Roland Dyens in the skaï

Night and Day

Visit to jazz

In the world of jazz I feel like a close friend on familiar territory and as such I have taken an immense pleasure in arranging and recording ten great American standards for guitar. More than just being a confined musical genre – with such an immense history – does jazz not above all evoke a certain approach, almost a musical philosophy ? What has come to characterize it, is a flexibility and freedom of tone that one could typify as “jazz attitude”.

Most of these grand classics, before they were ever included in the Real Book, found their origins in simple songs from comedies and musicals in the 1940’s and 1950’s, which were often preceded by prolonged introductions, surprisingly classical in style. Although lost in most later versions, the original “verses” that so beautifully kicked off these legendary theme songs (I love Paris and Over the Rainbow, just to mention two titles) are firmly anchored in the birth of these great standards. In my eyes, retracing their origins did not only seem a natural and opportune task, but even a musicological duty.

Whatever your passion may be, either guitar or jazz, I would be delighted to invite you to this magical universe.

        Roland Dyens



It’s not a shift, but a paradigm chasm from classical to jazz guitar playing. Although all music shares a common vocabulary, the vernacular of jazz with its odd idioms of syncopation and blue notes might seem like an exotic dialect to a classical player, a southern drawl to one raised speaking an Irish brogue.

Truly authentic communication with an instrument via classical or jazz, as with a brogue or drawl, demands there be no mimicry… the dialect must be a native tongue. Roland Dyens proves on Night and Day that he is fabulously bilingual. Although having firmly established his preeminence as a classical guitar player with prior recordings of Villa-Lobos, Satie, Sor and Weiss, Dyens has shown perhaps more fluency with modern genres, including arrangements of Georges Brassens songs, Thelonius Monk and Django Reinhardt standards, even a tribute to the music of Frank Zappa.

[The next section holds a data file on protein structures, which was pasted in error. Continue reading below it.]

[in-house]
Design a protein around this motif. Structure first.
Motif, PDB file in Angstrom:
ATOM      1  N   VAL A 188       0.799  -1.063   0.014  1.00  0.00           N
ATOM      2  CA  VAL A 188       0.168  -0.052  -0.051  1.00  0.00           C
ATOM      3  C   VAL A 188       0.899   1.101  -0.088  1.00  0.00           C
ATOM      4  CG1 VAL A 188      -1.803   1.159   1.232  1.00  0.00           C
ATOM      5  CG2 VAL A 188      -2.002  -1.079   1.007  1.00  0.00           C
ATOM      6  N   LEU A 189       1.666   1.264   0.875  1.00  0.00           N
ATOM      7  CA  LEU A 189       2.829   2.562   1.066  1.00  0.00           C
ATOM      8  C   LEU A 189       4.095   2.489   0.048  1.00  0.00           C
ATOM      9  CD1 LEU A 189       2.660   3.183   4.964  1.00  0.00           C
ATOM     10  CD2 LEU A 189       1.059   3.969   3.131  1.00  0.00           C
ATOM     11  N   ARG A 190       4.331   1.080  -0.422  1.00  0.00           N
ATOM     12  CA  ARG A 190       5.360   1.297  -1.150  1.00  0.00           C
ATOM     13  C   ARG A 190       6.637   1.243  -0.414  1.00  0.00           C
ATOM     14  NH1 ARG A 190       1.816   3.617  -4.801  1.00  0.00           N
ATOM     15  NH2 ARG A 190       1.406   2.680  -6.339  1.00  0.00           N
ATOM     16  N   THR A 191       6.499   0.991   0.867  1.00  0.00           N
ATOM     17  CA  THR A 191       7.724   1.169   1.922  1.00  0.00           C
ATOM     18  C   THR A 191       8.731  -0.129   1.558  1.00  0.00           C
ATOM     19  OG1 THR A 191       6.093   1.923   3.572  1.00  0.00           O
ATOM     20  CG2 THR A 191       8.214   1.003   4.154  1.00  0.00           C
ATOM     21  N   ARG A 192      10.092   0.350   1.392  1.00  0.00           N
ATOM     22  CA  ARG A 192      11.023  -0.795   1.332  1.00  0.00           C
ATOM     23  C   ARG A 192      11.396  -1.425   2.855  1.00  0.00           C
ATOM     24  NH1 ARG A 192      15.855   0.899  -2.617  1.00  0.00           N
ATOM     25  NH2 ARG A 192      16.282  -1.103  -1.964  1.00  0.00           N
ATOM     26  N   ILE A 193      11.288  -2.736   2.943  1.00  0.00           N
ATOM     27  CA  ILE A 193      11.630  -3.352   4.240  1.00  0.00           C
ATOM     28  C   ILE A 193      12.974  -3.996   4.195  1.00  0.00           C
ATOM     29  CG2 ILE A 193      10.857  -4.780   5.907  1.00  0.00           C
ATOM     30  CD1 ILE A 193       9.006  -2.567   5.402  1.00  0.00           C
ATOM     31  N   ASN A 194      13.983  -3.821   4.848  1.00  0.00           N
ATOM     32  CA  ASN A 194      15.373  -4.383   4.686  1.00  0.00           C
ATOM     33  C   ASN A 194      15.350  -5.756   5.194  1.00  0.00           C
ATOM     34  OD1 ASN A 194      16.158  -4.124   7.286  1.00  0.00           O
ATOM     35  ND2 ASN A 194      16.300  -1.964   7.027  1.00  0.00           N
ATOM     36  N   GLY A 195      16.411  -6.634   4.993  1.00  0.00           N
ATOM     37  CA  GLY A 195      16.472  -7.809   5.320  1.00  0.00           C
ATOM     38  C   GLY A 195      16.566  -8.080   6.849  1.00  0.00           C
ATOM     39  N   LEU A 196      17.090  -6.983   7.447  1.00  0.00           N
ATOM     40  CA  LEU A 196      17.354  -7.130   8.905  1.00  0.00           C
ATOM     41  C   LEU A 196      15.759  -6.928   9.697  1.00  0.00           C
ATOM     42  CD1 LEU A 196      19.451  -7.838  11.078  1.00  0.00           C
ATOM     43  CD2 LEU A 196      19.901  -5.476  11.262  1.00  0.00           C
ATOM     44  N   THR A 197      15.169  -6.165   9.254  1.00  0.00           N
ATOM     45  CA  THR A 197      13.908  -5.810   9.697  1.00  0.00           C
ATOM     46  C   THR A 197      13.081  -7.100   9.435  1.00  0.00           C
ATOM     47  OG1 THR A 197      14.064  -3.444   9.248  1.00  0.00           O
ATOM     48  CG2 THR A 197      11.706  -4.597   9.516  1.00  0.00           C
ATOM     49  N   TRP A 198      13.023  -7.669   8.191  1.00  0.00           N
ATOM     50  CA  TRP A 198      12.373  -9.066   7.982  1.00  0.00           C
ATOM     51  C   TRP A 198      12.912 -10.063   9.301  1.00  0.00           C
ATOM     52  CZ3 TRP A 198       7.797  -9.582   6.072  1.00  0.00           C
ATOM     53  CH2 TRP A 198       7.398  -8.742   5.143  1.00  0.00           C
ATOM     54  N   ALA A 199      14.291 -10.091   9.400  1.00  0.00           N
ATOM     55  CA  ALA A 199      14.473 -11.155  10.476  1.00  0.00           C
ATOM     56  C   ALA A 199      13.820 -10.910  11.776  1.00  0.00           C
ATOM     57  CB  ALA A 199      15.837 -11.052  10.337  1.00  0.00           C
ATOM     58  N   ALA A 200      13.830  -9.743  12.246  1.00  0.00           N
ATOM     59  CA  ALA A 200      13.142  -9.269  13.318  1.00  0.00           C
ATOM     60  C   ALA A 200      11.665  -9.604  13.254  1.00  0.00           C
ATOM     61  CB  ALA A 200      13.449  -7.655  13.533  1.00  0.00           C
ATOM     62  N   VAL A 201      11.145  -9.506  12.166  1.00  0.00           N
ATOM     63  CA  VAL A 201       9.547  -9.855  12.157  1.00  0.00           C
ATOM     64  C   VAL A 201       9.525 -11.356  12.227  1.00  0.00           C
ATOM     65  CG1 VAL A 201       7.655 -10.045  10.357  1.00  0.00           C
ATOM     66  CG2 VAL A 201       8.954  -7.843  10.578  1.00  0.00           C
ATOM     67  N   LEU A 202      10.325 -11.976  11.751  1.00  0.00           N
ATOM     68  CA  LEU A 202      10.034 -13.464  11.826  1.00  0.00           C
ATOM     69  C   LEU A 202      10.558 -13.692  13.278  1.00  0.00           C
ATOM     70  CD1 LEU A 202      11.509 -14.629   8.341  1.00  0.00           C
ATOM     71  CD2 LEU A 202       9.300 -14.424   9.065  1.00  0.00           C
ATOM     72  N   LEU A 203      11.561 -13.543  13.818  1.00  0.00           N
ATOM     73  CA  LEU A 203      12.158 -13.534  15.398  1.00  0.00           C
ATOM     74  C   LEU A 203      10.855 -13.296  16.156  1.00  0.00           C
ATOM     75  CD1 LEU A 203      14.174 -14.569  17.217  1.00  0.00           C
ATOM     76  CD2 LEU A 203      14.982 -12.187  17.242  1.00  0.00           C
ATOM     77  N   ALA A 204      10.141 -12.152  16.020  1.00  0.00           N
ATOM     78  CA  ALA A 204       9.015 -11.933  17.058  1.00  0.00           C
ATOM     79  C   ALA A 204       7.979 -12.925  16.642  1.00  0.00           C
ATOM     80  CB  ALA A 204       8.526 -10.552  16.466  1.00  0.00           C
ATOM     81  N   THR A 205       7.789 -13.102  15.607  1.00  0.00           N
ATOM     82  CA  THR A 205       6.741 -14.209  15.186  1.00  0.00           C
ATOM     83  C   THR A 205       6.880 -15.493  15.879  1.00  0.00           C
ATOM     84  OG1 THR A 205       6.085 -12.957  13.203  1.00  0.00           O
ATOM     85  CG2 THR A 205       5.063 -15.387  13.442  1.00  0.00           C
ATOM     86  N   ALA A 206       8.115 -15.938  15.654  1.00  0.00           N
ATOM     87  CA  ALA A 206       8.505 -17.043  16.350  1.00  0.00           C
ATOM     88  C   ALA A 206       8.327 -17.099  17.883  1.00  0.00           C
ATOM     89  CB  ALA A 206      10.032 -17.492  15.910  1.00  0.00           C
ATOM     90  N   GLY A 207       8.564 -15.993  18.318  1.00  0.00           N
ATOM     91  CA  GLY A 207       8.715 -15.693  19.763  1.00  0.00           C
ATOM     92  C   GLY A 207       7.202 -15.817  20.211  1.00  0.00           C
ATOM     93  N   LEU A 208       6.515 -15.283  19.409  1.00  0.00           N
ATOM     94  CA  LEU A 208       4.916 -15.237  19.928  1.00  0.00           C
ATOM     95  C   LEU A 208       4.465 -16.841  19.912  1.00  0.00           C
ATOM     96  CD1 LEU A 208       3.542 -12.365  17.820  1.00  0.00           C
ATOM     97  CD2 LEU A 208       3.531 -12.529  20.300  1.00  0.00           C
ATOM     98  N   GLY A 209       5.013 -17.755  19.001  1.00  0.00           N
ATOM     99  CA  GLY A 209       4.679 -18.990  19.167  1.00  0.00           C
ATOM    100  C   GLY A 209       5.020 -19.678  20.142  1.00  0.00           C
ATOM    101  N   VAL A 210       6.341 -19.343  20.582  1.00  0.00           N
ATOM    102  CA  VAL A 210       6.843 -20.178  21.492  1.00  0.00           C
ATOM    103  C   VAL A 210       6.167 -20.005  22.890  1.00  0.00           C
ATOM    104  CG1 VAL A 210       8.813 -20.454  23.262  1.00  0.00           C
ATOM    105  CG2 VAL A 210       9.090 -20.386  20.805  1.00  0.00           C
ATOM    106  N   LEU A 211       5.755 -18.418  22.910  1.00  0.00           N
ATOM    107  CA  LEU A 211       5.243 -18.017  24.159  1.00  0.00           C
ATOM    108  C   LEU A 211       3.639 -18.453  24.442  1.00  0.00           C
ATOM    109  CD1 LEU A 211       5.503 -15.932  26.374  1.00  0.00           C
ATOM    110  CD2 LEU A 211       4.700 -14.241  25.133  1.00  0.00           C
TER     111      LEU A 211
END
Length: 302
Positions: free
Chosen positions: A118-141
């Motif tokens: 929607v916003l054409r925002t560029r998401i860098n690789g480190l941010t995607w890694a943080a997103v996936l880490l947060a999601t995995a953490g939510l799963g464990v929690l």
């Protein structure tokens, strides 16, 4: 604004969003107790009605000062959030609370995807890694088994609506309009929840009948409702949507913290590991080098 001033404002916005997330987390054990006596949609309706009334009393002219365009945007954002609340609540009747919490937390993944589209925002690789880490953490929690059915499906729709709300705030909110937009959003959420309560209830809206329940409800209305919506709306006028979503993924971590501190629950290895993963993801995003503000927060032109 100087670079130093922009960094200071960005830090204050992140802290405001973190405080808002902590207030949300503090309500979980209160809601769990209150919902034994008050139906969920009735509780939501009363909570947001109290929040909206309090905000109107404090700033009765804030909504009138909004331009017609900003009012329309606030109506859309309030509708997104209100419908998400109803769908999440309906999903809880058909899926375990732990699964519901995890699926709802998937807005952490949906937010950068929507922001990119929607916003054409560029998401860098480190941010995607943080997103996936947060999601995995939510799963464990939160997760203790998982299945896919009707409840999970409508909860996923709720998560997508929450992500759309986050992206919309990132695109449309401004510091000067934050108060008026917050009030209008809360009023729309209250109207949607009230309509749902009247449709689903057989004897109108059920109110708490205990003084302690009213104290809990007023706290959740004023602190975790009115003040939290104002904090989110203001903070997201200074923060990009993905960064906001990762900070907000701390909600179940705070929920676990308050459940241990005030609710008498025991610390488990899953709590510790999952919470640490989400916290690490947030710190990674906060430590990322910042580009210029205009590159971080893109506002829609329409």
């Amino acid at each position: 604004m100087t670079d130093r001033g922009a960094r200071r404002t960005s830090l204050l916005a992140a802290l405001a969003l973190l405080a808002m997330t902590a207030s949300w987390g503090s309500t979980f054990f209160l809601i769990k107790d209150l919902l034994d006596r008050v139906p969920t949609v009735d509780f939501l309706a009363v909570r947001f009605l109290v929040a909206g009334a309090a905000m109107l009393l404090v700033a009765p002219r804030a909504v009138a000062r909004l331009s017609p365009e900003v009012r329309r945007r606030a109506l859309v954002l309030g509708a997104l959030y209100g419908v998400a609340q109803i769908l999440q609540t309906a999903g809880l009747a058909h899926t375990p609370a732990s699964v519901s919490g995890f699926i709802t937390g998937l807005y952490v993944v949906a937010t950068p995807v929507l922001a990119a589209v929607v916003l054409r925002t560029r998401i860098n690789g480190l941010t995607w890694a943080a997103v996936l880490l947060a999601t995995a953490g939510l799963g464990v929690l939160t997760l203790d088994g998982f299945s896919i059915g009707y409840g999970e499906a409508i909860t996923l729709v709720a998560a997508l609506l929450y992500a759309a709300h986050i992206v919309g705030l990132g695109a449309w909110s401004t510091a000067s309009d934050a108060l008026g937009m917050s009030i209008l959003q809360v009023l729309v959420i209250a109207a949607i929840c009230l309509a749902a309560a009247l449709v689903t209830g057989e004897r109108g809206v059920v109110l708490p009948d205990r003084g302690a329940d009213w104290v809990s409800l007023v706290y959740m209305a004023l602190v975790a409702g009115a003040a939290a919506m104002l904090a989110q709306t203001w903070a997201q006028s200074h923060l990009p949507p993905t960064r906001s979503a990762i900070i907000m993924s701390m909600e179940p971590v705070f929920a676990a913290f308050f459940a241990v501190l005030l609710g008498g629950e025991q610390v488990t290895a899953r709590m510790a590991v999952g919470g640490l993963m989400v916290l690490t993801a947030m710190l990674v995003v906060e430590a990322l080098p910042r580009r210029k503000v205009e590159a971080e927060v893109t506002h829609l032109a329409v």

Night and Day likewise showcases Dyens’ facility with novel and virtuosic renderings of classic American jazz standards on solo nylon-string guitar. Like Martin Taylor, Dyens plays on one guitar that which sounds to be impossible, both in speed and articulation of diverging counterpoints. Particularly on Bluesette, All the Things You Are and Take the A Train, one must pause to verify that these are not duos. 
And as any serious musician strives to do, the technical difficulty of these arrangements is camouflaged, made subliminal by the carefree and contagious exuberance Dyens infuses into these tunes.

Even the simpler, slower melodies I Love Paris, Misty, and Over the Rainbow find a very complex expression with Dyens’ genius for arranging… but in the process of finding their way to your ear become simple again, natural, a native tongue that speaks to you sincerely in a dialect you’ve always heard.

        Alan Fark


GHA 126.061 – ℗ © 2003 GHA Records

↑ Top